On a new Mac, I connected the Time Machine disk from my old Mac and now want to copy specific files out of the ~/Library and ~/Downloads folders from a past Time Machine backup. I can navigate to my home folder in a dated backup on the TM disk without trouble, and I can turn on viewing hidden files in the Finder and see the contents of my home folder including hidden files; however, I can't go inside the Library, Downloads, Documents, and certain other folders. They have a red "do not enter" symbol over them, as shown in this example:

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"No problem", I thought, "I'll do it from the terminal". But after going to the Privacy & Security system preferences and enabling Full Disk Access for the terminal, I still can't look inside those folders:

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How can I go inside the Library other such blocked folders in a Time Machine backup?

Additional notes:

  • The backup is from a previous Mac, not the current one, so entering Time Machine and then looking for the files in there does not work.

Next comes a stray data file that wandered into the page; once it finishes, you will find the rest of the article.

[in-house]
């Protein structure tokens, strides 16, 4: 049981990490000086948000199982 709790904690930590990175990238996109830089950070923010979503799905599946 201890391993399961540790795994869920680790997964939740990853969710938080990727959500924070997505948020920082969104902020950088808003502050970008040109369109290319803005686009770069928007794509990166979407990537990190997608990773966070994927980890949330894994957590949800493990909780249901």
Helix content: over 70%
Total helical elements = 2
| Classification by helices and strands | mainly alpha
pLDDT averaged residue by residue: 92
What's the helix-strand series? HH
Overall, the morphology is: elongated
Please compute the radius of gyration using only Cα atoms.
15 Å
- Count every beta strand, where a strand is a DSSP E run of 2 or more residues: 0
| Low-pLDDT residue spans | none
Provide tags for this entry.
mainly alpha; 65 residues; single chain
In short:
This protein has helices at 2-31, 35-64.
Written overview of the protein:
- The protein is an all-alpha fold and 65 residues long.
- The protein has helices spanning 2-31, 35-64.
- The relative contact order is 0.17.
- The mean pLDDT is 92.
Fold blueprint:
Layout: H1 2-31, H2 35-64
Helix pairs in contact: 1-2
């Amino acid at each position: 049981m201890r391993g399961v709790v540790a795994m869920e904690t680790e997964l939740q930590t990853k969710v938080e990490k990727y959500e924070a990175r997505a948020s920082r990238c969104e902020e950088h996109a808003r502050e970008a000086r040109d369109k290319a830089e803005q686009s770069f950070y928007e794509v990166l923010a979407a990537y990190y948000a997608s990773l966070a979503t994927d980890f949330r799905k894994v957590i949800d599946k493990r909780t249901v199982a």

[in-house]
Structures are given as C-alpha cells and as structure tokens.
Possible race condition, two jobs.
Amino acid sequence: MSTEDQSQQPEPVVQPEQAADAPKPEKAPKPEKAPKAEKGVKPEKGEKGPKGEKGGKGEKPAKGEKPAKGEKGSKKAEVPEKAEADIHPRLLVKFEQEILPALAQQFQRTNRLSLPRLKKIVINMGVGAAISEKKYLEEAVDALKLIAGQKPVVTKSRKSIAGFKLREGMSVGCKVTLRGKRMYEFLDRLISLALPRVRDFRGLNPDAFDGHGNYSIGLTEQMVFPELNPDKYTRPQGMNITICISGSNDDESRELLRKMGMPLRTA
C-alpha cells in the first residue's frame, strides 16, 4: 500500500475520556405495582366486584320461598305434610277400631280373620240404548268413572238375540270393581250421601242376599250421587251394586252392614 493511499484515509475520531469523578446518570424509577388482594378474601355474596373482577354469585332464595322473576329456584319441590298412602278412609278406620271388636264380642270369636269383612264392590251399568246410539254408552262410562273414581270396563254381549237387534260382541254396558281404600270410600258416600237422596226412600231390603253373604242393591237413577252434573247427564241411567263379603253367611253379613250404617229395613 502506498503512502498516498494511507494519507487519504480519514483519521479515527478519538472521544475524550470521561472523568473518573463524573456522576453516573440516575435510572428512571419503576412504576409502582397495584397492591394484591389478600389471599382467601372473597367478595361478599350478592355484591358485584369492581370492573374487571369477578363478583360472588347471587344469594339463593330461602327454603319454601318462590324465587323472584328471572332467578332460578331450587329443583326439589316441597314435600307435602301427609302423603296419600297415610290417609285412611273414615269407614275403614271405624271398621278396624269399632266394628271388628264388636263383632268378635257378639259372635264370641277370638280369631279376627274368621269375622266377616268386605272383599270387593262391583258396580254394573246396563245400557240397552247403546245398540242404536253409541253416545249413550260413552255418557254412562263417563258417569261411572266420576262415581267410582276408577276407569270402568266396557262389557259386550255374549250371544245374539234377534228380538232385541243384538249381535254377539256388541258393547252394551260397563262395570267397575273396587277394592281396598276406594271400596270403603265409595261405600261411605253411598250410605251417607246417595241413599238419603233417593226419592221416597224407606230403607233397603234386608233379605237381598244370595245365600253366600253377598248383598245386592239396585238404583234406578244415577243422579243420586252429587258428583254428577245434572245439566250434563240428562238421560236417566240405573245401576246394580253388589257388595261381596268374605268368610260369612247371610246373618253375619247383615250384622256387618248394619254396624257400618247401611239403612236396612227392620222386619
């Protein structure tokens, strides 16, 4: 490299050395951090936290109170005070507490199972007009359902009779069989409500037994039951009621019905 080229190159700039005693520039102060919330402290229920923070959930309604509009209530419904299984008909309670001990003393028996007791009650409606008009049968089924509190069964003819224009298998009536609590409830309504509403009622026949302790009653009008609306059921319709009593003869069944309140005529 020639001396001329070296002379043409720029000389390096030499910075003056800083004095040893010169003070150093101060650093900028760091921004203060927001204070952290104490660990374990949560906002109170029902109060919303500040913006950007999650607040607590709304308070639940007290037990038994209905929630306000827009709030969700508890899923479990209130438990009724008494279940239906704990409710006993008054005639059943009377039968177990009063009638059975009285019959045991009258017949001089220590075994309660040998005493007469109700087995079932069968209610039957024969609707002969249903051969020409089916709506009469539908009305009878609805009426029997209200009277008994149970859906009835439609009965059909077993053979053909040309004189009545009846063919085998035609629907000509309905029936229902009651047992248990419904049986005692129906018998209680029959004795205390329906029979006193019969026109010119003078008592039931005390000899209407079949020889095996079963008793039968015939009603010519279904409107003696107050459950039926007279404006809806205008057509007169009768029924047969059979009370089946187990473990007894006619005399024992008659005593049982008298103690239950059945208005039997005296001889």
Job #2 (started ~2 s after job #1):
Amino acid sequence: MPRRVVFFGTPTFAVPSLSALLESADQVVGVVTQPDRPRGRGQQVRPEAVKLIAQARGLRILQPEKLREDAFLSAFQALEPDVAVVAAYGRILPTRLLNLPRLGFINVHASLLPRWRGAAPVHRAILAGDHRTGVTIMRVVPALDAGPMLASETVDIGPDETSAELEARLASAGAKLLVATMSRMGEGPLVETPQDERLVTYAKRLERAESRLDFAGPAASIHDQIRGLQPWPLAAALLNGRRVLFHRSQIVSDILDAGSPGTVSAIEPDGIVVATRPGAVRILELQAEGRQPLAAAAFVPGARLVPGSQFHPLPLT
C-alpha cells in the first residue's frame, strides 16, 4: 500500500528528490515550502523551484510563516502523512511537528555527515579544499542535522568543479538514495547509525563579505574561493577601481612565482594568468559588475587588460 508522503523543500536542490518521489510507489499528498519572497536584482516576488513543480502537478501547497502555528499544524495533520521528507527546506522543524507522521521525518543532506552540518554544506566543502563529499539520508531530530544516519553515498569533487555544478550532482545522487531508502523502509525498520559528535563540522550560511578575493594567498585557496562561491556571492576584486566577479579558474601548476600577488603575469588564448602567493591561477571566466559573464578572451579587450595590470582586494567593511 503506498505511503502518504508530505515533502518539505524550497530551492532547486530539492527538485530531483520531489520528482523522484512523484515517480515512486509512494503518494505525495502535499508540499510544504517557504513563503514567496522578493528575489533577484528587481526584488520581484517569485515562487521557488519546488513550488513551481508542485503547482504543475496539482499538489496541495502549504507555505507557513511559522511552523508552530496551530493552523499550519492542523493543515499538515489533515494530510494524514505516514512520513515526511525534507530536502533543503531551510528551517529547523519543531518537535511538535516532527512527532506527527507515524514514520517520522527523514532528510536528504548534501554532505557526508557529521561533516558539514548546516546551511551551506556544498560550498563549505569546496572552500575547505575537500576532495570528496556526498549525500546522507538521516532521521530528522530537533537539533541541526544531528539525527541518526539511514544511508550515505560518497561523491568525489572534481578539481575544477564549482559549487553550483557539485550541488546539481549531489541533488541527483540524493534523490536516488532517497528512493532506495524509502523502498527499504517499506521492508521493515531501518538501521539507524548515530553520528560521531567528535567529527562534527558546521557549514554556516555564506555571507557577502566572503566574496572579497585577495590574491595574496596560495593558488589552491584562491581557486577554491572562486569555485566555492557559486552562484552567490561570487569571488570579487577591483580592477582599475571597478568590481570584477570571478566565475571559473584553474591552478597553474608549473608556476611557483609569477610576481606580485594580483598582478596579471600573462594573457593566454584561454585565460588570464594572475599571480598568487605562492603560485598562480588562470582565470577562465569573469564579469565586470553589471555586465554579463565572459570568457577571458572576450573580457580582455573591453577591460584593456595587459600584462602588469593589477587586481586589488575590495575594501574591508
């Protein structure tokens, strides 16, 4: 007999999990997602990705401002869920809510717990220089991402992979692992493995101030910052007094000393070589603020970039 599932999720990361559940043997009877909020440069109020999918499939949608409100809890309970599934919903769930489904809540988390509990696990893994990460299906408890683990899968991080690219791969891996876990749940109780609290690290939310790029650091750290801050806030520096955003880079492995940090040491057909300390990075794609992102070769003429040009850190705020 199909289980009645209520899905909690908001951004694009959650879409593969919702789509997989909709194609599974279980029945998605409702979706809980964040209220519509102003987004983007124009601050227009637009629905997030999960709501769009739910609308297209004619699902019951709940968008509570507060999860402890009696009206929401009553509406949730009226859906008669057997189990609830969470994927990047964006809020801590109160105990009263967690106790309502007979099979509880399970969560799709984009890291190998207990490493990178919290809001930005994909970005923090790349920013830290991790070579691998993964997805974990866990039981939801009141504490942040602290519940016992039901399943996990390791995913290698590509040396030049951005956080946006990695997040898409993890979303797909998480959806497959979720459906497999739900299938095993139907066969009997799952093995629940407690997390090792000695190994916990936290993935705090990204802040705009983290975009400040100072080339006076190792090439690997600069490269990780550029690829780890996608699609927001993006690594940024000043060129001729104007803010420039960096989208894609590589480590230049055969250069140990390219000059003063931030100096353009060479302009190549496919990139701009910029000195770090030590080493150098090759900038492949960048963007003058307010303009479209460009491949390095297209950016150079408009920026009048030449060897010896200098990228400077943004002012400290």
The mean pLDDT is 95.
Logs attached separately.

• My question appears to be a duplicate of this one from 2012, which has an answer that is irrelevant to the problem at hand (namely, I don't have a problem viewing hidden files; I have a problem accessing certain folders)
  • sudo su (take care).
    – Gilby
    Apr 9 at 3:34
  • I'm not sure if it appears for Time Machine disks, but in the Get Info window at the bottom (on the VOLUME itself), does an option to ignore permissions appear?
    – Ezekiel
    Apr 9 at 22:42
  • @Gilby You're right, doing it as root works. I should have thought of that. Anyway, thanks!
    – mhucka
    Apr 12 at 23:18

1 Answer 1


If you don't want to use terminal commands which might be potentially dangerous or corrupt any backup file by accident, create and log in to a separate user account, and restore your Time Machine backup by using Time Machine or Migration Assistant into that account. Then browse the restored files that you need, copy them to the /Users/Shared folder, and access them from your real user account. When you're done, you can delete the user account you created.

Alternatively, you can gain permissions on any folder recursively with this command:

sudo chmod -R u+rwX <directory>

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